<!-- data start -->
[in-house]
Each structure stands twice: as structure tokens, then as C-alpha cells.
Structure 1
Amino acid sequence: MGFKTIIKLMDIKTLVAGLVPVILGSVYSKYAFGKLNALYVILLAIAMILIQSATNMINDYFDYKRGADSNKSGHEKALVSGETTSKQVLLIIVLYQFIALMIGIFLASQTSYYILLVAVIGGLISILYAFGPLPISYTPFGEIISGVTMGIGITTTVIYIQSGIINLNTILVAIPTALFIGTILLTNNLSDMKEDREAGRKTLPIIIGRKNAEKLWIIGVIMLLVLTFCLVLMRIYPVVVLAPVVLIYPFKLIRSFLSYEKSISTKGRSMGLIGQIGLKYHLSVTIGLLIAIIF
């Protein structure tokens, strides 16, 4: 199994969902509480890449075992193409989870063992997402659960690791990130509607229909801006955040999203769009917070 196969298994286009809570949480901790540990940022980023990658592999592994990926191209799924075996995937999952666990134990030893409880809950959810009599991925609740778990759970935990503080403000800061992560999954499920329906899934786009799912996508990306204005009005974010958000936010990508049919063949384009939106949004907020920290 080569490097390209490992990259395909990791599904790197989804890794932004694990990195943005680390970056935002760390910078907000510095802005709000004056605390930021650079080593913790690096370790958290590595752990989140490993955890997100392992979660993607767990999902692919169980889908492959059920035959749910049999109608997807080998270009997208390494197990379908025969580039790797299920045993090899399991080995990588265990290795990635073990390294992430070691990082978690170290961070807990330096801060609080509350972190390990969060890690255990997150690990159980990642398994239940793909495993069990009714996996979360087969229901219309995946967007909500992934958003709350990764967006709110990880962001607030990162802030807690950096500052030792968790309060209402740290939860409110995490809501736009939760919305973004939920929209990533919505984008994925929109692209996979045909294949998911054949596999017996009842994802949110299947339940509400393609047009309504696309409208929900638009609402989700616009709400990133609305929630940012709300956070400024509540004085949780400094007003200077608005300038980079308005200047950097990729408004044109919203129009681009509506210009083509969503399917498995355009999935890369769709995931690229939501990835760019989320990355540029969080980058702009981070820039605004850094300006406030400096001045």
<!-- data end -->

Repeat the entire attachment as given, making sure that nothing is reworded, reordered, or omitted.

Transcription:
[in-house]
Each structure stands twice: as structure tokens, then as C-alpha cells.
Structure 1
Amino acid sequence: MGFKTIIKLMDIKTLVAGLVPVILGSVYSKYAFGKLNALYVILLAIAMILIQSATNMINDYFDYKRGADSNKSGHEKALVSGETTSKQVLLIIVLYQFIALMIGIFLASQTSYYILLVAVIGGLISILYAFGPLPISYTPFGEIISGVTMGIGITTTVIYIQSGIINLNTILVAIPTALFIGTILLTNNLSDMKEDREAGRKTLPIIIGRKNAEKLWIIGVIMLLVLTFCLVLMRIYPVVVLAPVVLIYPFKLIRSFLSYEKSISTKGRSMGLIGQIGLKYHLSVTIGLLIAIIF
């Protein structure tokens, strides 16, 4: 199994969902509480890449075992193409989870063992997402659960690791990130509607229909801006955040999203769009917070 196969298994286009809570949480901790540990940022980023990658592999592994990926191209799924075996995937999952666990134990030893409880809950959810009599991925609740778990759970935990503080403000800061992560999954499920329906899934786009799912996508990306204005009005974010958000936010990508049919063949384009939106949004907020920290 080569490097390209490992990259395909990791599904790197989804890794932004694990990195943005680390970056935002760390910078907000510095802005709000004056605390930021650079080593913790690096370790958290590595752990989140490993955890997100392992979660993607767990999902692919169980889908492959059920035959749910049999109608997807080998270009997208390494197990379908025969580039790797299920045993090899399991080995990588265990290795990635073990390294992430070691990082978690170290961070807990330096801060609080509350972190390990969060890690255990997150690990159980990642398994239940793909495993069990009714996996979360087969229901219309995946967007909500992934958003709350990764967006709110990880962001607030990162802030807690950096500052030792968790309060209402740290939860409110995490809501736009939760919305973004939920929209990533919505984008994925929109692209996979045909294949998911054949596999017996009842994802949110299947339940509400393609047009309504696309409208929900638009609402989700616009709400990133609305929630940012709300956070400024509540004085949780400094007003200077608005300038980079308005200047950097990729408004044109919203129009681009509506210009083509969503399917498995355009999935890369769709995931690229939501990835760019989320990355540029969080980058702009981070820039605004850094300006406030400096001045």